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'Who did I give my money to?': Astra victim's fight for justice

Business

Sharon Maslen vividly remembers the moment she became a shareholder – or tried to. Now she can’t wait to forget.

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“I would encourage other people who have been caught to get together and get our money back because if we take no action other people could become victims too,” Maslen says.

The journey from excited to devastated investor began in February 2013 when Maslen’s long-time friends mentioned a new company starting up that seemed a good investment.

She said her experienced friends were encouraging – they said “go for it”.

Her husband was supportive – they were in a good financial position.

The company, Adelaide-based Astra Resources, looked outstanding on paper and nothing alarming was appearing on Maslen’s online searches.

“I heard about Astra Resources through some friends who I trust,” she said.

“When I looked into buying these shares I went onto Google and I couldn’t see anything there so we went ahead.

“You don’t want to feel paranoid, but you don’t want to feel like you’re going in with your eyes shut.”

She did not seek the services of an independent financial advisor.

For Maslen, the chance to invest early before Astra floated on the Australian Stock Exchange sounded promising.

She was called and courted by Astra who, she said, told her a $1 share was expected to rise to $4.

“It wasn’t unusual for them to ring either, building up trust.

“So in three months I was going to get more than three times what I had invested.”

Similar scenes of early investment play out all around the country as businesses spruik their wares to potential investors as they prepare to go public.

Except Astra featured one considerable difference – it failed to provide a mandatory prospectus and financial details to Maslen and hundreds of other Australians.

Astra Mining's Adelaide office.

Astra Mining’s Adelaide office.

A first-time investor, Maslen wired $25,000 to purchase Astra shares for $1 each without seeing paperwork or signing a contract.

Her agreement to buy $25,000 of Astra Resources shares when it launched on the ASX, which it has not to date, had all been managed verbally, on the phone and by email.

But Astra wasn’t finished and it came back for more.

This time, after Maslen rejected call after call encouraging her to invest in more shares, they produced a new request.

In June 2013, months after Maslen invested in promised shares, she said Astra contacted her to ask if she would finance a short-term loan of $25,000 “to pay bills”.

She was told she would be repaid with $50,000 in two or three days.

“I thought $25,000 was more than enough [to invest] and that was all I was prepared to put in.”

Unknown to Maslen, her husband Kym was also corresponding with the group from their Adelaide Hills home about the loan while she was in Melbourne on business.

The second $25,000 was withdrawn from their home loan and given to Astra.

“They said it was a bill that needed to be paid but it couldn’t look like Astra was paying it,” she said.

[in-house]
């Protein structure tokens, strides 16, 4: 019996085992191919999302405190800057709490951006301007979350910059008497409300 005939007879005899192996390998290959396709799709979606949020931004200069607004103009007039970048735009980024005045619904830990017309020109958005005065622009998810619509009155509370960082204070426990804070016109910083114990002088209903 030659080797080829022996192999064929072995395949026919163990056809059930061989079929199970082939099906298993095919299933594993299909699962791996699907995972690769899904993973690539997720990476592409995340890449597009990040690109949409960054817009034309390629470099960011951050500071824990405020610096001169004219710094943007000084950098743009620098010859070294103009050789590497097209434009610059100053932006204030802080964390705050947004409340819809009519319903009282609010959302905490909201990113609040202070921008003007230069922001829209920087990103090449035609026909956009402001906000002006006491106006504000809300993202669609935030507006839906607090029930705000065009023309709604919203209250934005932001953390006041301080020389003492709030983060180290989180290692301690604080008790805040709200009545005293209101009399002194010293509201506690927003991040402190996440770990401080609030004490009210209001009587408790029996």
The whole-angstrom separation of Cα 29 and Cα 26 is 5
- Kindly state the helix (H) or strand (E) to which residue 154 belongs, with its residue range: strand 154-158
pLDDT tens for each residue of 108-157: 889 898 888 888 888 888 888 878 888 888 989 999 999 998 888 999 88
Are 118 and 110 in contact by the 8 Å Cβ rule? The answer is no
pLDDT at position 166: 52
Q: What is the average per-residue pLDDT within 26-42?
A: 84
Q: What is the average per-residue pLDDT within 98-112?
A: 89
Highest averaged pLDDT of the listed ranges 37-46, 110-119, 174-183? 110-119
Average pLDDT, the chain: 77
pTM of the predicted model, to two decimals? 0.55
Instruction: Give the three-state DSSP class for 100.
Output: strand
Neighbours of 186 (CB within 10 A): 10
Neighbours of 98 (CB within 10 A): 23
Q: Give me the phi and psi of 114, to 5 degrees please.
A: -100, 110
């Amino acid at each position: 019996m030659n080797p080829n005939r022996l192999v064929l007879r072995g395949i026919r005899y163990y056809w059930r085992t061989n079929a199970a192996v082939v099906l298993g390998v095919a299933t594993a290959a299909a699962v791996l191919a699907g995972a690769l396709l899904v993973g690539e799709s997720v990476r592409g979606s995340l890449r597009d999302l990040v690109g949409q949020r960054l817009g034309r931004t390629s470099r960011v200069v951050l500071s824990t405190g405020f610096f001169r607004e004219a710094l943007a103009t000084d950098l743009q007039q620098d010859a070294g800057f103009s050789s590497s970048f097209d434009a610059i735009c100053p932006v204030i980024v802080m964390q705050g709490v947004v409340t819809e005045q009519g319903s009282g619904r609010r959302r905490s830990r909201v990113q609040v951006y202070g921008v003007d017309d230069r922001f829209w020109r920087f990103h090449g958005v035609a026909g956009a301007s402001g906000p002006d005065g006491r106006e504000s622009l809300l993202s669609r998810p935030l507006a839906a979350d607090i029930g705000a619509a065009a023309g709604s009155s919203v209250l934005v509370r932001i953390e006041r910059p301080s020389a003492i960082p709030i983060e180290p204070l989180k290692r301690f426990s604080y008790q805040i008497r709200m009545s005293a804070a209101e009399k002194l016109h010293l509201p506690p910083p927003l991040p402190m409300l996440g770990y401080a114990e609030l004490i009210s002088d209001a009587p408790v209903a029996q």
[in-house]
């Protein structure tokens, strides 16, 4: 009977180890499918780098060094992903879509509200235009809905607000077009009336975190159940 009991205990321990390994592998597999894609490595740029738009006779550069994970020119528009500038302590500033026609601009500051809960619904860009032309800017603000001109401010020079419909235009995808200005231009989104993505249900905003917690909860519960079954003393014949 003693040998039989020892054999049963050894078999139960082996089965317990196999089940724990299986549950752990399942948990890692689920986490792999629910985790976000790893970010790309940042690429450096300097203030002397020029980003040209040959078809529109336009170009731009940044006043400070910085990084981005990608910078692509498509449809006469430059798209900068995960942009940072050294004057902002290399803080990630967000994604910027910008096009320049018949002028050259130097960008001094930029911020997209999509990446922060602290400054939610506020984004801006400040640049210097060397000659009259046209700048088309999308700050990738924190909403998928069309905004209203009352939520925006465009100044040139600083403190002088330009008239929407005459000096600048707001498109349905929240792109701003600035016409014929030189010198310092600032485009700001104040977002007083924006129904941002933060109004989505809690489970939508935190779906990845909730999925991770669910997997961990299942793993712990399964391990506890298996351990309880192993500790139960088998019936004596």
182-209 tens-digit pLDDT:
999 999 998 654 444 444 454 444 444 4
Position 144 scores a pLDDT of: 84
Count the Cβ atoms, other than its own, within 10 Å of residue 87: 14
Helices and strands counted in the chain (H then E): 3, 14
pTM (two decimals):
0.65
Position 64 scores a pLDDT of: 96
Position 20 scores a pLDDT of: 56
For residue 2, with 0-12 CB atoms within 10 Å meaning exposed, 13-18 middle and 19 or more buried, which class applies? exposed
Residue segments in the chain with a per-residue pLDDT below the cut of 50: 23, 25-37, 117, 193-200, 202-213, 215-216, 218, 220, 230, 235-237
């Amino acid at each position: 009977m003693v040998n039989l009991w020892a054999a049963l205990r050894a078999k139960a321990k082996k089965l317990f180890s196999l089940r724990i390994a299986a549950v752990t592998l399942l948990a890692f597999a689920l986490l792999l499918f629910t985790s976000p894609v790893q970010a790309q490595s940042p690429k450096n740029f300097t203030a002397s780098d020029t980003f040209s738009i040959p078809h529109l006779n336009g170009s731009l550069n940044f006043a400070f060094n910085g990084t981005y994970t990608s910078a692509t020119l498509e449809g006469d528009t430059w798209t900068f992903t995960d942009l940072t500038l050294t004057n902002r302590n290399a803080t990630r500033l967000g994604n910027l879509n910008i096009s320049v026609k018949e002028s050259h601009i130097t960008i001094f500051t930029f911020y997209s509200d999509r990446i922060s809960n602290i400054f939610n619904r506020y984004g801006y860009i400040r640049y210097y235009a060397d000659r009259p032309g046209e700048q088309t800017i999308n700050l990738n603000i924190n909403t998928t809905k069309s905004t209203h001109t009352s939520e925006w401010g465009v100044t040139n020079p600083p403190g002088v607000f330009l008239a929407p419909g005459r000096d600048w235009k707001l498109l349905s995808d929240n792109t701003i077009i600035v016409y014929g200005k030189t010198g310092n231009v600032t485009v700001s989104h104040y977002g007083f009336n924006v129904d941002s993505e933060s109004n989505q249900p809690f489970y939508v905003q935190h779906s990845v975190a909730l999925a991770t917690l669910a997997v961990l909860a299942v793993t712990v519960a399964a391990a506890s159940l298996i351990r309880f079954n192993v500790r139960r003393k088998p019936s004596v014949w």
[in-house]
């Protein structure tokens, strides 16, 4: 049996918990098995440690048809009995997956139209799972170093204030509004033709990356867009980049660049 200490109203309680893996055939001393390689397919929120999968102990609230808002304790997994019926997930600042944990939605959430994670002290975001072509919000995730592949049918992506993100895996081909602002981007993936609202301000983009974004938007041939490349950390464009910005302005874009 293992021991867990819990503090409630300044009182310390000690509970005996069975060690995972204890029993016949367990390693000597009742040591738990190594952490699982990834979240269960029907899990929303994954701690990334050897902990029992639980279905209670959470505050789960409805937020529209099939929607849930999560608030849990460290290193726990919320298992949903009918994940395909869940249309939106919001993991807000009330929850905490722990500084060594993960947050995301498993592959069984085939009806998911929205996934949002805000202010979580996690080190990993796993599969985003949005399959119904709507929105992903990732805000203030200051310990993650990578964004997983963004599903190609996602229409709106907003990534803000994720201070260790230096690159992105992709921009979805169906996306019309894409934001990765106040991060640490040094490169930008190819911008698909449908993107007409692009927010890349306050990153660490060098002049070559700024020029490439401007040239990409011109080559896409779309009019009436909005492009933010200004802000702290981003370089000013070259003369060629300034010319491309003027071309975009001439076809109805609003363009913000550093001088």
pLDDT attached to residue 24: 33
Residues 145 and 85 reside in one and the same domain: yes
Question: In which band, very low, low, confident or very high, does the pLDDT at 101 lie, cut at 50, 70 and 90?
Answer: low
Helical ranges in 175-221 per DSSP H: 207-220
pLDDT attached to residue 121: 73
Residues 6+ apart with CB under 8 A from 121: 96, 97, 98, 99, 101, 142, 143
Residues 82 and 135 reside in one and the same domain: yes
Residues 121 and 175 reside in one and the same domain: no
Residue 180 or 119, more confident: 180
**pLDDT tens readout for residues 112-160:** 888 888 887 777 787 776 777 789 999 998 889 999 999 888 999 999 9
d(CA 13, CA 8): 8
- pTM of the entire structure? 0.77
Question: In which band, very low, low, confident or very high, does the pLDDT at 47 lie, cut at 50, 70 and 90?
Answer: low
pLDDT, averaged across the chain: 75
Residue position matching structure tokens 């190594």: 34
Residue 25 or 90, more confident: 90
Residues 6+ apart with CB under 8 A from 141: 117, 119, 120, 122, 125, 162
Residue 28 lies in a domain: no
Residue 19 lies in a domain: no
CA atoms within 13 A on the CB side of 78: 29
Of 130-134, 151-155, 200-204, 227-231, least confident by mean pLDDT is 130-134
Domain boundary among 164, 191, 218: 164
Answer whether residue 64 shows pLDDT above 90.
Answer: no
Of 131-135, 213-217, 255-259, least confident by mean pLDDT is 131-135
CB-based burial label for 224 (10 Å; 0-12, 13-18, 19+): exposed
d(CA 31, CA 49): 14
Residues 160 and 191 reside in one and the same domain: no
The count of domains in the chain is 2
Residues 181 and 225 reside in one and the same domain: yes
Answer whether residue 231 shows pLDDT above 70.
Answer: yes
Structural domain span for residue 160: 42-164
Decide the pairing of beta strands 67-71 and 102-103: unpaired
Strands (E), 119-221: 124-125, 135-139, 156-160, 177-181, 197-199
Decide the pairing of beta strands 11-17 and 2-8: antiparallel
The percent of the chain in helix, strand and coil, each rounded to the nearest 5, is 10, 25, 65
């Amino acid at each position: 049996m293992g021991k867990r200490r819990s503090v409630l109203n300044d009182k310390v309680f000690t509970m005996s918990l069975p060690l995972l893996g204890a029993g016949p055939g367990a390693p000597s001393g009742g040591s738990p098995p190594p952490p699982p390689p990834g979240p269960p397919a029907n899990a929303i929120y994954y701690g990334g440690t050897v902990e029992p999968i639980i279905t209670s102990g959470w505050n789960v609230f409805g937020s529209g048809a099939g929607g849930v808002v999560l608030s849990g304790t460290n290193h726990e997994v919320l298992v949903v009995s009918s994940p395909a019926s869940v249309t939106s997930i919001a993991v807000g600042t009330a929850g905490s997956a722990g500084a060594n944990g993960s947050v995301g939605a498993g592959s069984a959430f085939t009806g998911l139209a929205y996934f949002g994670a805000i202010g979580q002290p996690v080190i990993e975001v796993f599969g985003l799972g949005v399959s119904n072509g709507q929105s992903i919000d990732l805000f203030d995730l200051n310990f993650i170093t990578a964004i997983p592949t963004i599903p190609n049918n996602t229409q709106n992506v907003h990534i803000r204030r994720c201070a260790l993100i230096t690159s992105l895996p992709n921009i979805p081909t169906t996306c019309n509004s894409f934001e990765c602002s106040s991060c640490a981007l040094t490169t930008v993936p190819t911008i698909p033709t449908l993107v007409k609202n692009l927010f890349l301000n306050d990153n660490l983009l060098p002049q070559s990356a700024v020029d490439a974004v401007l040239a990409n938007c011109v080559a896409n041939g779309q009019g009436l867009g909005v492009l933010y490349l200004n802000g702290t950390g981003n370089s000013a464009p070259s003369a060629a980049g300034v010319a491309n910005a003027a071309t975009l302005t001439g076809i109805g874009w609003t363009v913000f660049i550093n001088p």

“I realised it was an Astra account as soon as we’d done it.

“All I’ve got is an account number and who knows who owns the account to get my money back.

“Who exactly have I loaned my money to?”

Maslen has been asking questions about her investments for two years and pursuing Astra Resources for the past 12 months to recover her $50,000.

“I was told ‘you’ll get paid next, we’ve got the money, we’ve got money coming in – in full’.

“So now we’ve got a year’s full of emails saying we’ll get your money back – obviously the payment didn’t come.”

When the loan and interest again did not appear, Maslen went searching for further information about her new investment.

“It wasn’t until I saw something on the ASIC website that I should have had all the information for buying shares.

“There was all this information we should have had.

“Our faith was completely misplaced.

“Now I’ve got an increased mortgage and increased interest and things are just so tight.

“I’ve been to three separate solicitors. Two have wiped their hands and said it’s too hard and the other says ‘it’s going to cost you more than you lost to pursue this’.

“I feel like we’ve really really been taken.

“It’s a huge amount of money to me. They [friends] just said it’s part of it all [investing].

“If I’d had gone and spent $25,000 on the pokies then that’s fair enough but this is wrong.”

Astra-webpage

Astra Resources default website page.

The mental and financial scars left by Adelaide-based Astra Resources still run deep in South Australia.

This year, ASIC pursued Astra Resources and its subsidiary, Astra Consolidated Nominees, for breaching the fundraising provisions of the Corporations Act.

ASIC took action against Astra for illegally raising $6.5 million from 281 Australian investors, many in South Australia, between September 2011 and September 2012. Maslen’s 2013 and ’14 transactions fell outside this action.

In September the Federal Court found that Astra Resources breached the fundraising provisions of the Corporations Act.

ASIC is also seeking orders that the three directors are disqualified from managing corporations.

An application for an adjournment of the trial by directors Jaydeep Biswas and Silvana De Cianni was refused and the hearing resumed on Monday, November 30.

“I would encourage other people who have been caught to get together and get our money back because if we take no action other people could become victims too.”

Astra Resources has been contacted by InDaily for comment.

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